The Shetland Oil Disaster: Experts puzzled by flooding of fuel tanks ship's fuel tanks

Click to follow
QUESTIONS were being raised last night over how sea water could have flooded the Braer's fuel tanks, disabling the ship's engines and leaving it to the mercy of the wind.

Ulthie Roldan, the senior engineer, said the ship's boiler and generator had failed to fire because of water in the fuel tank. But maritime engineers said it would be almost impossible for a vessel the size of the Braer to be rendered helpless by fuel contaminated by seawater.

Two senior experts said they had never heard of circumstances in which both of a ship's fuel tanks could be rendered useless. Neither engineer would be named, but one said: 'I have been on board vessels when one tank has been flooded, but there are always at least two tanks and I have never heard of two or more being contaminated at the same time. This is very puzzling indeed.'

It is commonplace for some water to enter fuel tanks via the goose-neck air outlets on the decks of all ships. These are pipes that allow air out of fuel tanks when oil is pumped into them. They protrude from the deck and turn 180-degrees so that they point downwards.

The most senior of the two engineers said: 'Some water can get in, but it is usually drained off at the bottom of the tanks. There are also usually extra settling tanks and the generator is usually fed by a different source from the boiler.

'For a tank to be flooded, water would have had to have breached the whole height of the vessel, rolled across the decks and then up into the gooseneck pipe.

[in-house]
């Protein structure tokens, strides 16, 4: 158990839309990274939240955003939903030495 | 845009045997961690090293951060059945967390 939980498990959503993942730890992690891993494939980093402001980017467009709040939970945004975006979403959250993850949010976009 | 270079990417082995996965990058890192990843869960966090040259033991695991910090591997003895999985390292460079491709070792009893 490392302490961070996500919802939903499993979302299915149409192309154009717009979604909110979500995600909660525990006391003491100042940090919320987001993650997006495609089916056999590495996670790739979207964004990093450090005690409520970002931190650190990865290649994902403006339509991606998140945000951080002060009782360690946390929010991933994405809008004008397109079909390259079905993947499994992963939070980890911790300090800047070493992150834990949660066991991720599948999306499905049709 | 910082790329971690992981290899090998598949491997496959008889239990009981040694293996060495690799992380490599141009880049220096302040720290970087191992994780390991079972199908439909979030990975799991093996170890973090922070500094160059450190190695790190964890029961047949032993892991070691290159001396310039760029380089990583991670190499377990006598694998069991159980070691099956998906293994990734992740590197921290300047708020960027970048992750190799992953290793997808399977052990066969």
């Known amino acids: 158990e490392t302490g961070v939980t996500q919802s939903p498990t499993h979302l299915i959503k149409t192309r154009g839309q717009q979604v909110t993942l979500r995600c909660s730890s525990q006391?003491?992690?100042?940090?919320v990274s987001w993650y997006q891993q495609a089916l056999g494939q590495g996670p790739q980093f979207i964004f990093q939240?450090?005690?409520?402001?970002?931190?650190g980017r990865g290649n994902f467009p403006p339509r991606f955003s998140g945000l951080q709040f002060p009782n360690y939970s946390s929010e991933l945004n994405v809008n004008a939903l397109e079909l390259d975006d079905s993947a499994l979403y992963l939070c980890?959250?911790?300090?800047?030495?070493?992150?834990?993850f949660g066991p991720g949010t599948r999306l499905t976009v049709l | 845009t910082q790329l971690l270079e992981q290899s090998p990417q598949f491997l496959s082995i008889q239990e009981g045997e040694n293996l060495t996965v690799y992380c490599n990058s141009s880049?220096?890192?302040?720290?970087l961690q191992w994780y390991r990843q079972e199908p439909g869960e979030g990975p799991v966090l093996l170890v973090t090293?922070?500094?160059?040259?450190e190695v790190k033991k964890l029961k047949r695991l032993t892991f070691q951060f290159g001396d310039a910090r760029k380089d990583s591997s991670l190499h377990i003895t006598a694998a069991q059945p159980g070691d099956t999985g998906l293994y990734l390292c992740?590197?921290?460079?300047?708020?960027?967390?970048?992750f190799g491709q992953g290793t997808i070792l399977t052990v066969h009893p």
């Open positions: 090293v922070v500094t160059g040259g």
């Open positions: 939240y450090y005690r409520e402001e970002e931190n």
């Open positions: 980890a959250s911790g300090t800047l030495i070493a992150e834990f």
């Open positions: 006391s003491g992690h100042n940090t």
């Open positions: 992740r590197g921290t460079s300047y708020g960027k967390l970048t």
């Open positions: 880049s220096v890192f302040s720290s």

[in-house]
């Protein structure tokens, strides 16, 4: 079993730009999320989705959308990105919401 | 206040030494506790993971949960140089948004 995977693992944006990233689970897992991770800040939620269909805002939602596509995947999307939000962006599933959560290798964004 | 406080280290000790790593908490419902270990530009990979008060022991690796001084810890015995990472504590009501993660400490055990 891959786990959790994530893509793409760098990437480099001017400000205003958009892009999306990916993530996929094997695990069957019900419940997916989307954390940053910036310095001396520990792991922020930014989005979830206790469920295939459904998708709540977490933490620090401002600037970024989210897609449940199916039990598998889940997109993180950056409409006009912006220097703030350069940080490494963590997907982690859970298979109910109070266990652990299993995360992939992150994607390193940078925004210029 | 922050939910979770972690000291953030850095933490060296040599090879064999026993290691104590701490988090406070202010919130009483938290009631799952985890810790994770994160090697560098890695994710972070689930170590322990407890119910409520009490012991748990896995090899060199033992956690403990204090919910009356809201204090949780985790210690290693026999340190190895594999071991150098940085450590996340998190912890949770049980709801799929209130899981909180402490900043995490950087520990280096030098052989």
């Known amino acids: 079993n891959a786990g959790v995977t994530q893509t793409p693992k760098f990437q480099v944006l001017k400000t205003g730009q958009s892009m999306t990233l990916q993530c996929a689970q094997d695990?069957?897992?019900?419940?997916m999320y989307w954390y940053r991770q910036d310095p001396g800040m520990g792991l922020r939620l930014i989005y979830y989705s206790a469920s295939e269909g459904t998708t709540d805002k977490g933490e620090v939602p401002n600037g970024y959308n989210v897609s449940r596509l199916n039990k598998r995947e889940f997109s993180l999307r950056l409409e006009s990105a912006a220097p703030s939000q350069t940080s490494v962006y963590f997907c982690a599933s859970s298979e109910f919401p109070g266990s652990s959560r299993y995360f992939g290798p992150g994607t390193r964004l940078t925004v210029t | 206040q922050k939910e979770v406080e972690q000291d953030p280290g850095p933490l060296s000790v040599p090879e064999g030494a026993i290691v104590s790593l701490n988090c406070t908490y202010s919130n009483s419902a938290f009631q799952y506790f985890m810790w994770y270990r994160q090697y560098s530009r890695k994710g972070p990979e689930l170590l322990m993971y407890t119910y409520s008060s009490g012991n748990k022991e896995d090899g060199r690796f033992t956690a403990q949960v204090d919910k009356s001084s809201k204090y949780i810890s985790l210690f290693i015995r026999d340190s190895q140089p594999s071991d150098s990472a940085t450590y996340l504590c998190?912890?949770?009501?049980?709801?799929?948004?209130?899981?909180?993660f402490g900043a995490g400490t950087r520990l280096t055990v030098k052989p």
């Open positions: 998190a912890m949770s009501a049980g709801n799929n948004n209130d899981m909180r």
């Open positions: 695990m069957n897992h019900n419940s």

'I have never heard of it happening with a vessel the size of the Braer. And it would be most unusual for both tanks to be rendered useless.'

He said the last major incident caused by contaminated fuel was the sinking of the freighter Union Star in December 1981. Eight crew members died after the vessel sent out a distress signal and all eight men of the Penlee lifeboat crew died trying to reach the remaining crew members.

'But the Union Star was much smaller than the Braer,' he said.

The Braer was built by Oshima Shipbuilding in Nagasaki, Japan, in 1975. It is a single-engined vessel with a dead weight of 89,730 tons and is 241.5m (792ft) long. It was registered with the Norwegian classification society Det Norske Veritas in 1985 and has an exceptional record, according to Kris Lunde, DNV spokesman in Oslo.

It had to undergo rigorous, five-year surveys and annual inspections, but DNV inspectors - who are the equivalent of Lloyd's shipping register officials - made no recommendations for improvements.

Mr Lunde said: 'Its last periodic survey was carried out in July 1989 and its last annual inspection was in May of last year. If our inspectors find anything that could improve seaworthiness, they make what is known as a recommendation. We never found cause to make any recommendations. This was a very good ship.'

Norman Hook of Lloyd's Maritime Information Services said the vessel had never been involved in a shipping casualty. Michael Thorp, a director of Oslo-based Skuld Protection and Indemnity insurers, which will pay for the clean-up operation, said it was a 'sound ship managed by a sound and responsible company'.

Mr Thorp said the ship's owners, the Braer Corporation, had insurance with Skuld of up to dollars 500m (pounds 340m), with a further dollars 200m (pounds 136m) elsewhere. 'This is a very prudent company,' he said. 'There is no doubt that we will be paying out because the situation at the moment is that if oil comes from your ship, then you are liable.'

Skuld has sent a team of experts to the scene and Mr Thorp said it had commissioned the services of the International Tanker Owners' Pollution Federation, a research body based in London, financed by the oil industry and headed by Dr Ian White, a marine biologist.